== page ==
HM Revenue & Customs estimates the total UK tax gap, the difference between the tax collected and the amount that should be collected “in theory”, at £34bn. Just £1.7bn relates to avoidance (excluding international tax planning strategies such as profit shifting, which are being addressed slowly but multilaterally), and £6bn relates to interpretation of the law.
In contrast, criminal attacks account for around £5bn and evasion another £5bn, while £3.5bn is attributed to the “hidden economy”.
Read more: My article for AAT Comment, 12 January
A shift in the public debate is needed to ensure that everybody sees tax evasion as unacceptable, a leading UK tax expert said after official figures suggested that avoidance accounted for £1.7bn of a £34bn tax gap.
HM Revenue & Customs estimated that evasion, criminal attacks, and the hidden economy together accounted for £13.8bn, and error and non-payment for £6.4bn. Losses arising from differences in interpretation of the law accounted for £6bn, and failure to take reasonable care accounted for £6.1bn …
My news story for Tax Analysts, October 30 ($)
HMRC: Measuring tax gaps
A perception that the odds are stacked against HM Revenue & Customs and in favour of business impedes the effectiveness of the tax authority’s anti-evasion efforts, according to research that identifies four “distinct profiles of evader” among small and midsize businesses in the UK.
For any intervention strategy to work there is a basic requirement for those evading to “believe that there is a real risk that the evasion will be detected and proven,” said Quadrangle Research Group, a London-based consultancy that conducted the research in April 2016. “The main barrier to effectiveness” is that this is not currently the case, Quadrangle said in a report published on HMRC’s website on September 29.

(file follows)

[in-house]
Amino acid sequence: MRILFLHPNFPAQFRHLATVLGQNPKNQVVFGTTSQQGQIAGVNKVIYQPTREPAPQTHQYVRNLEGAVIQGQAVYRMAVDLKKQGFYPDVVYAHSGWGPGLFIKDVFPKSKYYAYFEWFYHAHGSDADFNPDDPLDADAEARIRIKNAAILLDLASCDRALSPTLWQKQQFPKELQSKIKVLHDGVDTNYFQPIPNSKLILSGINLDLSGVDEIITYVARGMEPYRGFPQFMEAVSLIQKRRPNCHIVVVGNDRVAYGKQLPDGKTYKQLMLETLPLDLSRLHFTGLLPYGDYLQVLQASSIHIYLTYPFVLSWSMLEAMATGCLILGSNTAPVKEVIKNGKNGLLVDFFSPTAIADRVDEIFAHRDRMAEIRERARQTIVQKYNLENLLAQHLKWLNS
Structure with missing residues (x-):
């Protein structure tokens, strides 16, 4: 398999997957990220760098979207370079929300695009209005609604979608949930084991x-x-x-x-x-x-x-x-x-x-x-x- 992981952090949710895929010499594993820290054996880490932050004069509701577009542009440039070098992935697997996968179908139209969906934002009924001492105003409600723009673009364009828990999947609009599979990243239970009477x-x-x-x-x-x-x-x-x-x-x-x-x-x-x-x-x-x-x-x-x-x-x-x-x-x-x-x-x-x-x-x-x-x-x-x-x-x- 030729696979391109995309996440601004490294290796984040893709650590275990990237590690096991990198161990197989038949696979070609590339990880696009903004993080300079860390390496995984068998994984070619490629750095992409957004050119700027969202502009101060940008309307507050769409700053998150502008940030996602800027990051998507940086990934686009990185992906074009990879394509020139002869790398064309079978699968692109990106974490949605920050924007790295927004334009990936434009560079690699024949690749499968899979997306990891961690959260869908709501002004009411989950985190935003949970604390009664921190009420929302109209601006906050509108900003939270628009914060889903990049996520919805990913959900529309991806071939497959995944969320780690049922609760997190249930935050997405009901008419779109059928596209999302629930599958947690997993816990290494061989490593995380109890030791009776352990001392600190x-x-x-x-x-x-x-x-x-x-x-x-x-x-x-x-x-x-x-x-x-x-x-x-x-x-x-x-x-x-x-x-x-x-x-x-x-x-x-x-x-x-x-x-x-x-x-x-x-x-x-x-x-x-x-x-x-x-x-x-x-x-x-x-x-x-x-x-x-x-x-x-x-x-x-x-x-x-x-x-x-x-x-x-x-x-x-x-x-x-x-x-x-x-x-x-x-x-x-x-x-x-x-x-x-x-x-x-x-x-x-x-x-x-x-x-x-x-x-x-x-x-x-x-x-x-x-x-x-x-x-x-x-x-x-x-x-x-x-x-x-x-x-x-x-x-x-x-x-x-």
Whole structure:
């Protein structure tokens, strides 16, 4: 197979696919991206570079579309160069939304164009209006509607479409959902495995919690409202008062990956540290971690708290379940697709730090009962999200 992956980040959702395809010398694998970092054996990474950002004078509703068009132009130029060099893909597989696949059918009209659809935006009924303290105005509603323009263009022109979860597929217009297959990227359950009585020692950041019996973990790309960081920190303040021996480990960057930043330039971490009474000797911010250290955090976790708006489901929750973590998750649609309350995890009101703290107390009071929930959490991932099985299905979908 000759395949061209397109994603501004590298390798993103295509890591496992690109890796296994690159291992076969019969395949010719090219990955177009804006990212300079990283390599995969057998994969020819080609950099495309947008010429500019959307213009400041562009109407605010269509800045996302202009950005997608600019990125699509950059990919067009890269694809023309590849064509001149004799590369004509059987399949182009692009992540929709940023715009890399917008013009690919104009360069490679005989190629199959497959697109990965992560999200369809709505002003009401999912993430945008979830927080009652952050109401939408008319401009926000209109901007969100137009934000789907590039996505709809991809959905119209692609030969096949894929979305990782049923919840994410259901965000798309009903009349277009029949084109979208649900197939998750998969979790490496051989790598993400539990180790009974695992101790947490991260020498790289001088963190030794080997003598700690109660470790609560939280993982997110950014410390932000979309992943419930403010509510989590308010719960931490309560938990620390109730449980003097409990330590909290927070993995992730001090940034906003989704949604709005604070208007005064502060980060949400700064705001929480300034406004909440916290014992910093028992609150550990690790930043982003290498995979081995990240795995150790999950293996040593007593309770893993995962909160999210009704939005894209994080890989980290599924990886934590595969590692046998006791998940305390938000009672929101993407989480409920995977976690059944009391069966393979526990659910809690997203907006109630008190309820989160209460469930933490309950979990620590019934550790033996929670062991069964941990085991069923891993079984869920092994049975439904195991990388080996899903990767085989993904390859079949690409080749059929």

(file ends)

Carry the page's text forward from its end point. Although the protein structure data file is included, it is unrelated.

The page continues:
A new offence listed in the Criminal Finances Act, failure to prevent the facilitation of tax evasion, came into force on September 30. HMRC published guidance on September 29, inviting companies and partnerships to “report on their own behaviour”. Read more:
My news story for Tax Analysts, September 30 (paywall)
HMRC research report: September 2017: Understanding evasion by Small and Mid-Sized Businesses
HMRC guidance September 29: ‘Tell HMRC about a company helping people to evade tax’
HMRC press release September 30: ‘Stop facilitating tax evasion or face criminal prosecution, HMRC tells corporations’
HM Revenue & Customs officers made it “absolutely clear” in a TV documentary that there is no hiding place for people intent on tax evasion, RSM UK partner Mike Down observed.
Catching the Tax Dodgers is “intentionally scary,” Down said, after the programme makers sought to portray what they called “the war between the tax dodgers and the taxman.” The documentary, filmed over a period of four years, was broadcast by Channel 4 on August 13.
HMRC thinks it has “discovered a £36 billion black hole,” the documentary’s narrator said in reference to the department’s estimate of the tax gap for 2014/15. That sum represented 6.5 percent of theoretical tax liabilities, HMRC said in its October 2016 report. The report notes that the tax gap showed an “overall downward trend” from 8.3 percent in 2005/06 before levelling out in recent years. Read more: